Bonding an LLC
Forming your LLC does not require a bond; however, the type of business your LLC operates may have bonding requirements imposed by law or private contract. For example, an LLC operating as a construction business may be legally required to obtain a bond as a condition of receiving a state contractor's license. The same LLC may also be required as part of a construction contract to obtain a bond that guarantees the contract will be completed. To obtain any type of bond, your LLC must meet a bonding company's requirements, which generally include acceptable finances, sound organizational structure and good business references.
Search for a company that writes the kind of bond that your LLC must obtain. In general terms, your LLC will either need a surety bond or a fidelity bond. A surety bond is typically used to guaranty performance of a contract, such as a bid bond, payment bond or performance bond. A fidelity bond is used to cover a loss that is the result of fraud, dishonesty or violation of a statute, such as a license bond required by a government agency. Information about qualified bonding companies can be obtain through a state's department of insurance, the U.S. Department of Treasury or a licensed insurance broker or agent.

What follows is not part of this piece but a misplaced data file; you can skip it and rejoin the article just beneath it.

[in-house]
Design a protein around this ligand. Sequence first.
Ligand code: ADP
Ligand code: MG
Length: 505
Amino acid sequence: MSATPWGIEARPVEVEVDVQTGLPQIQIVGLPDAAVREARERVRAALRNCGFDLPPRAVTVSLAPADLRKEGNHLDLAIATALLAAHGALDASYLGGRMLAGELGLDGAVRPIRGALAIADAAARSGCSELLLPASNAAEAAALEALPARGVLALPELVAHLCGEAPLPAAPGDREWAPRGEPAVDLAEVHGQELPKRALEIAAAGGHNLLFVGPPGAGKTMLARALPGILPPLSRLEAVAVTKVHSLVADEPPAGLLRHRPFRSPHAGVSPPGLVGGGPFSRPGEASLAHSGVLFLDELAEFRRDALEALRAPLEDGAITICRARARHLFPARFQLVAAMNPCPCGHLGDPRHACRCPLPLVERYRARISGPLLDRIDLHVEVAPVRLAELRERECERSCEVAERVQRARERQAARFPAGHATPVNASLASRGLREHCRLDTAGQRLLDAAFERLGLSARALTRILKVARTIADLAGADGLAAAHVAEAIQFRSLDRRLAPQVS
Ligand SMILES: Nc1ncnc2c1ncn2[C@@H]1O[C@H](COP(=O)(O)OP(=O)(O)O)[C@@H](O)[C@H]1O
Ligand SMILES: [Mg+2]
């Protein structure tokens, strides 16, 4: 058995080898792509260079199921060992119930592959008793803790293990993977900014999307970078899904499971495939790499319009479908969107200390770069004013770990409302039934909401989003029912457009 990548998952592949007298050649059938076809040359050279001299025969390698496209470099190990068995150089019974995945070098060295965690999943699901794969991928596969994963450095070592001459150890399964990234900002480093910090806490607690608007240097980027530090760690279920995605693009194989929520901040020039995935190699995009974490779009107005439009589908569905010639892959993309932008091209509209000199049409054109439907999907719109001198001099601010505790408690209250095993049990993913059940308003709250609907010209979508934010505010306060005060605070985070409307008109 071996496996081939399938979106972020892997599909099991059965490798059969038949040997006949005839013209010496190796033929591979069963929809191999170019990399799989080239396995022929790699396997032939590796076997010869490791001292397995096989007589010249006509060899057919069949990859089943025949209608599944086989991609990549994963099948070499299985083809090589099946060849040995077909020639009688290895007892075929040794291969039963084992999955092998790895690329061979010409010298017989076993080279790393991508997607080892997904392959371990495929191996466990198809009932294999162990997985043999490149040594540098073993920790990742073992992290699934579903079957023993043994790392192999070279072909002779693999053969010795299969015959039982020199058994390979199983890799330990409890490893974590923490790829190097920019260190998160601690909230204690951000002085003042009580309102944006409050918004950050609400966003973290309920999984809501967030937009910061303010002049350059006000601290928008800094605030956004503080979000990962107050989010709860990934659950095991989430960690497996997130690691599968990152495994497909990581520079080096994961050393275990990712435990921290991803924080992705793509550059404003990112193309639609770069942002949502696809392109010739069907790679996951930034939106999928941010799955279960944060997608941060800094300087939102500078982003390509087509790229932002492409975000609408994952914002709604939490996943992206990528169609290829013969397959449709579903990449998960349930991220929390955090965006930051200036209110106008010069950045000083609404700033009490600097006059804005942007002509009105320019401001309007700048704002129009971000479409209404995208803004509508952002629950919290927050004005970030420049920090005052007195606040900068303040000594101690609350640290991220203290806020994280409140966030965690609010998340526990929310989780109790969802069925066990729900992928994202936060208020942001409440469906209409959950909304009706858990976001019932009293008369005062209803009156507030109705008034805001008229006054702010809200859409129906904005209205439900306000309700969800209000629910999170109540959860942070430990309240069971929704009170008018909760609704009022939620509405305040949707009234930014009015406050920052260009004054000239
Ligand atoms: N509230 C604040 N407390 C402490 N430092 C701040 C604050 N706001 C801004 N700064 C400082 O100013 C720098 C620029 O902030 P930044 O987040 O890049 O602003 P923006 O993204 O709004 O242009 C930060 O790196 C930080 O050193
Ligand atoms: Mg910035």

Obtain and complete a bonding company's application to begin the prequalification process to obtain a bond. Each company will have its own requirements but, in general, you should expect to give documents and information to the company so that it can complete a background check to determine if your LLC is performing its current obligations and has the financial ability to meet its future obligations. You can expect the company to investigate public records for adverse information about your LLC, such as court judgments and unpaid tax liens.
Submit information to the bonding company regarding your LLC's business operations, including a current business plan, company organizational chart, evidence of a business line of credit and overall history of your LLC's activity in its industry. Additional information can include a highlight of significant business accomplishments and letters from reputable persons in your LLC's industry that can attest to the quality of your LLC's business.
Provide the bonding company with requested financial information for your LLC, such as a year-end financial statements and an audited financial statement prepared by a certified public accountant.
Things You Will Need
Company organizational chart
Audited financial statements
Letters of recommendation
You should expect the bonding company to insist that your LLC and all of its principal owners sign an indemnity agreement that protects the bonding company from a claim made against the bond. This is standard practice in the bonding industry.